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When I received Jerry’s assignment (to perform a keg stand of preposterous amounts of magnitude), it never occurred to me that finding a keg would pose a challenge. At the time I had not yet decided to leave the Midwest, proverbial Land of Milk & Honey & Hooch that it is. See, back in Chicago, where the beer flows like wine, you can’t swing a dead cat without smacking into a drunkass Cubs fan house party. This is a city where half the town explodes each March, dying an already toxic river an even more virulent shade of green & the long arm of the law is too busy reaching over the bar trying to get a firm grip of the tap to really keep things in line. Surely the finding of a keg upon which to perform a stand of preposterous amounts of magnitude would pose no challenge to me.

Then came New York, a city with drinks named after its boroughs. Well, two of its boroughs (though who would want to drink anything named after Staten Island is beyond me). When you’re living in a town where $5 PBR’s are a Tuesday night special, the idea of getting an entire keg sort of flies out the window. Still, the assignment loomed before me like so many red solo cups: I would meet this challenge yet.

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A Catch 22:

I feel as though I am not in a position to make an educated, experienced disquisition on the subject of race.

My feeling this way says a huge amount on my feelings about race.

Greg and I met up a few days after I moved to Brooklyn at a cafe where the cookies were good & the music was loud & everything was expensive. This is, of course, New York in a nutshell, but I digress. About three cups & too much creamer in, Greg (who moved from the Third Coast to the East Coast about two years ago) popped The Question:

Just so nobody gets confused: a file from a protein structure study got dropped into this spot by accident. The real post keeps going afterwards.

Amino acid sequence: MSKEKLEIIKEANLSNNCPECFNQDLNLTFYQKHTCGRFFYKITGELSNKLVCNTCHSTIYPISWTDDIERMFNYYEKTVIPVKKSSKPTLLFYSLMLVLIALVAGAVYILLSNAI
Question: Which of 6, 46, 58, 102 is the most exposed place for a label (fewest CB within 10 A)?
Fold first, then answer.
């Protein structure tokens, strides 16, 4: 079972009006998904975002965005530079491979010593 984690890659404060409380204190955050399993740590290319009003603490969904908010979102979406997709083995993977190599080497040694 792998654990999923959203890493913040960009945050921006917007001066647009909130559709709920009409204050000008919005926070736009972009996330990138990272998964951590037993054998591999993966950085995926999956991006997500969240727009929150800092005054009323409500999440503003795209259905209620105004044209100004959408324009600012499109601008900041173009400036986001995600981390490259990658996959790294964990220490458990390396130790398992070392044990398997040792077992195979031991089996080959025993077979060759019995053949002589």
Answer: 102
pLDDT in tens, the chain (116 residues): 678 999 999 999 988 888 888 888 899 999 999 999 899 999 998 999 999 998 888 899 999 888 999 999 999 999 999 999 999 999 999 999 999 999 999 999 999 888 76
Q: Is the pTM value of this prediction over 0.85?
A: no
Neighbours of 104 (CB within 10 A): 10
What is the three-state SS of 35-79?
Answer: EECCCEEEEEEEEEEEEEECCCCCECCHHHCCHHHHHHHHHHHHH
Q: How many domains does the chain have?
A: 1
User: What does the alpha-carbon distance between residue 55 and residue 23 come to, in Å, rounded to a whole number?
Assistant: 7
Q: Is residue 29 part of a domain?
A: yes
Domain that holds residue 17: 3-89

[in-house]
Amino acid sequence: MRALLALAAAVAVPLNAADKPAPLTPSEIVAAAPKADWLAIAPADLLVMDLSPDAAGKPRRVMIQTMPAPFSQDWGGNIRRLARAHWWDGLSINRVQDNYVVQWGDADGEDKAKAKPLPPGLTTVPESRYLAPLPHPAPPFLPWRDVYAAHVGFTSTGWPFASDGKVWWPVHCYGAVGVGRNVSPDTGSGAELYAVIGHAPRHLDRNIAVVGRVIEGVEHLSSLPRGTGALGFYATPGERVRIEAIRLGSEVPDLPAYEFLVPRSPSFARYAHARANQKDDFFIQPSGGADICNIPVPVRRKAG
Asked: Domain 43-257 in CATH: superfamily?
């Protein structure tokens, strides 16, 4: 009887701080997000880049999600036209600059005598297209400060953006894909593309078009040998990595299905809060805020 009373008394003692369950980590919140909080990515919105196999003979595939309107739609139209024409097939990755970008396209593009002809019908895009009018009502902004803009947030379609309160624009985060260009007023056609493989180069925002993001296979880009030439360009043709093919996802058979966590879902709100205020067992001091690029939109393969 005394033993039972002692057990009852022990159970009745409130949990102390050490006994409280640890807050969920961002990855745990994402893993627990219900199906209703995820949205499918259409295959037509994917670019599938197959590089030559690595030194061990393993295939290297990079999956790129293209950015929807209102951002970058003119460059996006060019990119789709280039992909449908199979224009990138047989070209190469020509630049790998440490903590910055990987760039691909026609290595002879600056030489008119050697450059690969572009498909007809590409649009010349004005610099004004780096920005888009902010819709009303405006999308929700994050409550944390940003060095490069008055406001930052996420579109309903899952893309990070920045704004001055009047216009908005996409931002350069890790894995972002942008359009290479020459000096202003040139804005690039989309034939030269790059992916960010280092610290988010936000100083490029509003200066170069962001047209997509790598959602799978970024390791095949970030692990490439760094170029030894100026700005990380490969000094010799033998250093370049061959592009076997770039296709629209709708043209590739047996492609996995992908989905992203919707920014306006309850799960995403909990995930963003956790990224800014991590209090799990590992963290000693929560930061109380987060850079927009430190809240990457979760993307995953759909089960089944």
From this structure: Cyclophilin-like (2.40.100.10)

So? How do you like New York?

The first three things I responded with:

1. It’s so big
2. It’s so loud
3. It’s so diverse

Since my very first visits to New York, I’ve been floored by the way so many people mill together, indifferent to the vast differences between them. I imagine that this is in no small part due to the sheer lack of space here: New York City squeezes nearly 8.3 million people into 304.8 sq miles (that’s about four times as many people as Chicago into a space not all that much bigger). As Greg & I kept talking, it became apparent that I was not the only Chicago transplant so amazed by the ethnic integration of my newly adopted home.

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1. If you’re in or around Chicago tomorrow (that’s Saturday, August 30th), you should head to the Loop & check out Art on Track, a one-time only event in which the one of the El trains will be turned into a fully operational moving art gallery. 

2. For those of you who read regularly, my apologies for the constant changes in design – I’m having some big issues with WordPress & I’m working on getting around them. Thanks for bearing with me. 

3. I just picked up Paul Kivel’s Uprooting Racism, part of Katie Sosin‘s assignment. I love the feeling of a new book all my own. Maybe that’s a selfish, consumerist thing to feel, but I adore it, the possibilities held in so few pages & words, the wonder of a voice being heard.